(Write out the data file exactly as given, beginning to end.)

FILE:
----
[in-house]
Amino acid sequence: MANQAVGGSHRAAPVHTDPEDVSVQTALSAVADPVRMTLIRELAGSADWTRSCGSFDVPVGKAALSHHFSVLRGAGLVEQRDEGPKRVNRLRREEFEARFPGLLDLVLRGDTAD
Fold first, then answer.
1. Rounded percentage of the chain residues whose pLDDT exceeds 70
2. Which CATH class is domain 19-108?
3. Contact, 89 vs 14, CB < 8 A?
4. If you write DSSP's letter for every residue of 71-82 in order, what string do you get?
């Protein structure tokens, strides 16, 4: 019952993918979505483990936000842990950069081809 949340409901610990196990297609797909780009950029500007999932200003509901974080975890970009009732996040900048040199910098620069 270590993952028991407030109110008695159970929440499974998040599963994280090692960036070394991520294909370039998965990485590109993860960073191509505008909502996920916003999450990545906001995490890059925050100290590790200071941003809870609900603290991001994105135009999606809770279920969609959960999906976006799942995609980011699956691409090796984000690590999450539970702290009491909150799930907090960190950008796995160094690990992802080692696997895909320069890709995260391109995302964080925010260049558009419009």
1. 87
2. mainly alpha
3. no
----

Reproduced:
[in-house]
Amino acid sequence: MANQAVGGSHRAAPVHTDPEDVSVQTALSAVADPVRMTLIRELAGSADWTRSCGSFDVPVGKAALSHHFSVLRGAGLVEQRDEGPKRVNRLRREEFEARFPGLLDLVLRGDTAD
Fold first, then answer.
1. Rounded percentage of the chain residues whose pLDDT exceeds 70
2. Which CATH class is domain 19-108?
3. Contact, 89 vs 14, CB < 8 A?
4. If you write DSSP's letter for every residue of 71-82 in order, what string do you get?
């Protein structure tokens, strides 16, 4: 019952993918979505483990936000842990950069081809 949340409901610990196990297609797909780009950029500007999932200003509901974080975890970009009732996040900048040199910098620069 270590993952028991407030109110008695159970929440499974998040599963994280090692960036070394991520294909370039998965990485590109993860960073191509505008909502996920916003999450990545906001995490890059925050100290590790200071941003809870609900603290991001994105135009999606809770279920969609959960999906976006799942995609980011699956691409090796984000690590999450539970702290009491909150799930907090960190950008796995160094690990992802080692696997895909320069890709995260391109995302964080925010260049558009419009």
1. 87
2. mainly alpha
3. no